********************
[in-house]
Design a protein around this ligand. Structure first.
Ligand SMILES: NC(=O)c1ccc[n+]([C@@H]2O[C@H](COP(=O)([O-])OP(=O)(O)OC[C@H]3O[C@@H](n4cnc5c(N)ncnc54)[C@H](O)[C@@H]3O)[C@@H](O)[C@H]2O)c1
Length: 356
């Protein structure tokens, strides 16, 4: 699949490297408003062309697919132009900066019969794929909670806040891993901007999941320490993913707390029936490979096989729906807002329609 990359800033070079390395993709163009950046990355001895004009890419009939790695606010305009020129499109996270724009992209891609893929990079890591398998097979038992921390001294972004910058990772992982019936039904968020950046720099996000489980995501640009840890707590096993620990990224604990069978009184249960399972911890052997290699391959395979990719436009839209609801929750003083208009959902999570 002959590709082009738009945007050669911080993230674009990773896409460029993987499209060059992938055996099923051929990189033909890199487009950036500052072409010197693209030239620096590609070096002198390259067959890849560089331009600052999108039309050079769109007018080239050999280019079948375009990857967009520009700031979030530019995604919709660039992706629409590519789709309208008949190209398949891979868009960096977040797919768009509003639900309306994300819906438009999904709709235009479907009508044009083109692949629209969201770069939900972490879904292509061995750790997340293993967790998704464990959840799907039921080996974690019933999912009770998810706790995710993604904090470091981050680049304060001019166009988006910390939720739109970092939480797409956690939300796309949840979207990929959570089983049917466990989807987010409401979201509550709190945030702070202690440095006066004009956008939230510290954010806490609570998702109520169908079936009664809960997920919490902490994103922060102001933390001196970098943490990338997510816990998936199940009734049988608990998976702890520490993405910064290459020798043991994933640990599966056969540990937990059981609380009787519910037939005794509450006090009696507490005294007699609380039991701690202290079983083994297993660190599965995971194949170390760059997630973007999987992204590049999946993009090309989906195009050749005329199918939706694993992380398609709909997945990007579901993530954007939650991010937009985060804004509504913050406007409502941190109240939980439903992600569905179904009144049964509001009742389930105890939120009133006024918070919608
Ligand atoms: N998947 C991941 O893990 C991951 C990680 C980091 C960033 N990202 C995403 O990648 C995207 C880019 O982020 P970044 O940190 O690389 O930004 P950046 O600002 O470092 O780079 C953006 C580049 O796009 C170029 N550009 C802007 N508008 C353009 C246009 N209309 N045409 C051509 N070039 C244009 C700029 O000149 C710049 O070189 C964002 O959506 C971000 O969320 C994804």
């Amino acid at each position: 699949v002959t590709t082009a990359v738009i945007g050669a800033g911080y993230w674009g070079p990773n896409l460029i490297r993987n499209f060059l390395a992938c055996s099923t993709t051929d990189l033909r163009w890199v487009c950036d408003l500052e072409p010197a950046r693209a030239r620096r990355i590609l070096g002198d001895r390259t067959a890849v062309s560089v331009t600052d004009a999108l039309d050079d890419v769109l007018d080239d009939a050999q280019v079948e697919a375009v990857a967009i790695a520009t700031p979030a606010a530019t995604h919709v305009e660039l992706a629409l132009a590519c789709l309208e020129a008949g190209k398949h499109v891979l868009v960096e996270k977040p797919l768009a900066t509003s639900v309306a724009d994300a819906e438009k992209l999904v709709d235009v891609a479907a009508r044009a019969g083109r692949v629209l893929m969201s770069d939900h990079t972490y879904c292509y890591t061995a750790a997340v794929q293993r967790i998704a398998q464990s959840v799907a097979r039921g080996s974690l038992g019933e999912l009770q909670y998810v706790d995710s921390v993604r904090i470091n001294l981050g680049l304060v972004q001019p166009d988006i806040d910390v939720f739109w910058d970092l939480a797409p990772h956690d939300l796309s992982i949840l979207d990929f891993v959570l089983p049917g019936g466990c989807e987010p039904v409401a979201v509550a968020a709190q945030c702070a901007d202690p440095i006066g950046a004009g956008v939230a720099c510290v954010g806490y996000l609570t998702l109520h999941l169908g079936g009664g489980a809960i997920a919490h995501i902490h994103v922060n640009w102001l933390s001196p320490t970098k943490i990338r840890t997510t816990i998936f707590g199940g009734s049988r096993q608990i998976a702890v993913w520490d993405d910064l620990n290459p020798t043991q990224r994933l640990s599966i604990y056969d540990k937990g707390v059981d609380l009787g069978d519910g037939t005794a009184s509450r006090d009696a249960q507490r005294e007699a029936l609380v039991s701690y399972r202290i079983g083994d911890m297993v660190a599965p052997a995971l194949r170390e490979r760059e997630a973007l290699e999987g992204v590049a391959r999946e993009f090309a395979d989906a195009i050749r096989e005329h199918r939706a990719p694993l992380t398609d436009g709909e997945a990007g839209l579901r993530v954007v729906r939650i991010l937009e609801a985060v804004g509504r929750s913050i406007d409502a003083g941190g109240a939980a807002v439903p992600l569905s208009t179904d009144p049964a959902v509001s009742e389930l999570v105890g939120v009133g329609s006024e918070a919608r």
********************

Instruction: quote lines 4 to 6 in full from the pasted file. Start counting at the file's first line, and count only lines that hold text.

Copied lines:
Length: 356
């Protein structure tokens, strides 16, 4: 699949490297408003062309697919132009900066019969794929909670806040891993901007999941320490993913707390029936490979096989729906807002329609 990359800033070079390395993709163009950046990355001895004009890419009939790695606010305009020129499109996270724009992209891609893929990079890591398998097979038992921390001294972004910058990772992982019936039904968020950046720099996000489980995501640009840890707590096993620990990224604990069978009184249960399972911890052997290699391959395979990719436009839209609801929750003083208009959902999570 002959590709082009738009945007050669911080993230674009990773896409460029993987499209060059992938055996099923051929990189033909890199487009950036500052072409010197693209030239620096590609070096002198390259067959890849560089331009600052999108039309050079769109007018080239050999280019079948375009990857967009520009700031979030530019995604919709660039992706629409590519789709309208008949190209398949891979868009960096977040797919768009509003639900309306994300819906438009999904709709235009479907009508044009083109692949629209969201770069939900972490879904292509061995750790997340293993967790998704464990959840799907039921080996974690019933999912009770998810706790995710993604904090470091981050680049304060001019166009988006910390939720739109970092939480797409956690939300796309949840979207990929959570089983049917466990989807987010409401979201509550709190945030702070202690440095006066004009956008939230510290954010806490609570998702109520169908079936009664809960997920919490902490994103922060102001933390001196970098943490990338997510816990998936199940009734049988608990998976702890520490993405910064290459020798043991994933640990599966056969540990937990059981609380009787519910037939005794509450006090009696507490005294007699609380039991701690202290079983083994297993660190599965995971194949170390760059997630973007999987992204590049999946993009090309989906195009050749005329199918939706694993992380398609709909997945990007579901993530954007939650991010937009985060804004509504913050406007409502941190109240939980439903992600569905179904009144049964509001009742389930105890939120009133006024918070919608
Ligand atoms: N998947 C991941 O893990 C991951 C990680 C980091 C960033 N990202 C995403 O990648 C995207 C880019 O982020 P970044 O940190 O690389 O930004 P950046 O600002 O470092 O780079 C953006 C580049 O796009 C170029 N550009 C802007 N508008 C353009 C246009 N209309 N045409 C051509 N070039 C244009 C700029 O000149 C710049 O070189 C964002 O959506 C971000 O969320 C994804």